Max Planck researchers discover novel mechanism for vertebrate organ development
Thursday, 11 November 2010
Hormones, growth factors and several proteins ensure that development occurs in the right way, at the right time. The components that cause breast development in mammals, for example, were thought to be largely known. However, as a team of scientists from Göttingen, Frankfurt and Hanover have now discovered, in the case of breast development, hormones and proteins do not account for the full story. The scientists have shown that tiny ribonucleic acid molecules play a key role in this process. The mammary glands of mice lacking the gene for the microRNAs 212 and 132 failed to grow at puberty.
The scientists have demonstrated for the first time in an animal model that small ribonucleic acid molecules, so-called microRNAs, also fulfil an important function in organ development.
"This came as a surprise to us," says project leader Kamal Chowdhury from the Max Planck Institute for Biophysical Chemistry in Göttingen.
"The mice used in our experiments had all of the hormones, growth factors and proteins that ensure normal breast development. But the absence of the microRNAs miR-212 and miR-132 resulted in the complete failure of duct development in the mammary glands of mice."
It is well known that microRNAs perform very important regulatory functions inside living cells. Although they do not code for proteins, they are responsible for the fine-tuning of the production of certain proteins and intervene extensively in metabolic processes. The question is however: how does this activity shape the morphology of the whole organism?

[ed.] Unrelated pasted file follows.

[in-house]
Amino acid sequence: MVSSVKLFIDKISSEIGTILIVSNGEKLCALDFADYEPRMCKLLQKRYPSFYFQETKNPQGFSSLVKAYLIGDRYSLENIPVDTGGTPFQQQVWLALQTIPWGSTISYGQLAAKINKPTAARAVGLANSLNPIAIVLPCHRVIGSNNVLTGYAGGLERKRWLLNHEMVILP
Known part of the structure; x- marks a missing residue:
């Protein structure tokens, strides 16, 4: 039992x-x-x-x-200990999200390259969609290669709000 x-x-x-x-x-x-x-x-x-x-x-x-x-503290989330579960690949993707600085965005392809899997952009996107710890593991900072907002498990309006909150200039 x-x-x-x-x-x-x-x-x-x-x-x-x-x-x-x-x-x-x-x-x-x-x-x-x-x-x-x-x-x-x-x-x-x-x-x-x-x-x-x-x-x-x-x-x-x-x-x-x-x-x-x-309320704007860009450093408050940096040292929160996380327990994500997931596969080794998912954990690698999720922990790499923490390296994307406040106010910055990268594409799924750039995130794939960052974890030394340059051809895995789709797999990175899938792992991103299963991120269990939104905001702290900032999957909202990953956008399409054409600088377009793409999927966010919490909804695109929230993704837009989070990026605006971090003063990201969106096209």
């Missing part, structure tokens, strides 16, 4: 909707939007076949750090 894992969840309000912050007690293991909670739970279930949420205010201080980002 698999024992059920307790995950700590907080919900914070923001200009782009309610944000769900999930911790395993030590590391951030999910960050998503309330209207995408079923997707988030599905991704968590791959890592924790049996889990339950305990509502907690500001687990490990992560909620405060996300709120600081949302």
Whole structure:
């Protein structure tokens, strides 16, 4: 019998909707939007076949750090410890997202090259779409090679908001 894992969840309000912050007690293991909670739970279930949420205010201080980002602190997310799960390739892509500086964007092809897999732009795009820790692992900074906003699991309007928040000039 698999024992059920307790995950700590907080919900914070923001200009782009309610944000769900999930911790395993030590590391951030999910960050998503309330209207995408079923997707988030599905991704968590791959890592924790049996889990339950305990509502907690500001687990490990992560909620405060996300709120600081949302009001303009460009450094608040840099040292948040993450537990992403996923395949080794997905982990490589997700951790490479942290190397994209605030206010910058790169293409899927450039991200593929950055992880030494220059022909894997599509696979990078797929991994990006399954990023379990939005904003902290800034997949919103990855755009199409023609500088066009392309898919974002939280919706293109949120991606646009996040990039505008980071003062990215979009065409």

"Using various experiments, we were able to demonstrate that this RNA family plays a key role in mammary gland development and we could locate where these molecules presumably intervene on a regulatory basis," explains Chowdhury.
The mammary gland, which is also known as the milk gland, consists of the milk ducts and the surrounding connective tissue, which has a supportive and regulatory function. The connective tissue also appears to be the location where miR-212 and miR-132 are produced and intervene in the developmental process. Chowdhury and his colleague Ahmet Ucar were able to demonstrate with their experiments that this is the only place where the genes for these ribonucleic acid molecules are "switched on" in the breast tissue.
According to the researcher's model, the microRNA molecules appear to control the production of a protein called MMP-9.
"The microRNAs can down-regulate the production of MMP-9, like a dimmer switch," explains Ucar. If the microRNAs are missing, more MMP-9 proteins are produced and they accumulate near the milk ducts. They appear to activate a signalling pathway there, which prevents the normal growth of the milk ducts in the glandular tissue.
"These tiny RNA molecules carry out their regulatory function by influencing the communication between the two tissues of the mammary gland," says Ucar. Other experiments now need to be carried out to examine whether these microRNAs also regulate breast development in humans. At the moment, the scientists can only speculate about what happens when the microRNAs do not function correctly.
"Whether such malfunctions can lead to the formation of tumours, for example, is something that needs to be examined in further studies," says Chowdhury.
Contact: Kamal Chowdhury
miR-212 and miR-132 are required for epithelial stromal interactions and mouse mammary gland development
Ahmet Ucar, Vida Vafaizadeh, Hubertus Jarry, Jan Fiedler, Petra A B Klemmt, Thomas Thum, Bernd Groner, and Kamal Chowdhury
Nature Genetics, advanced online publication, November 7, 2010
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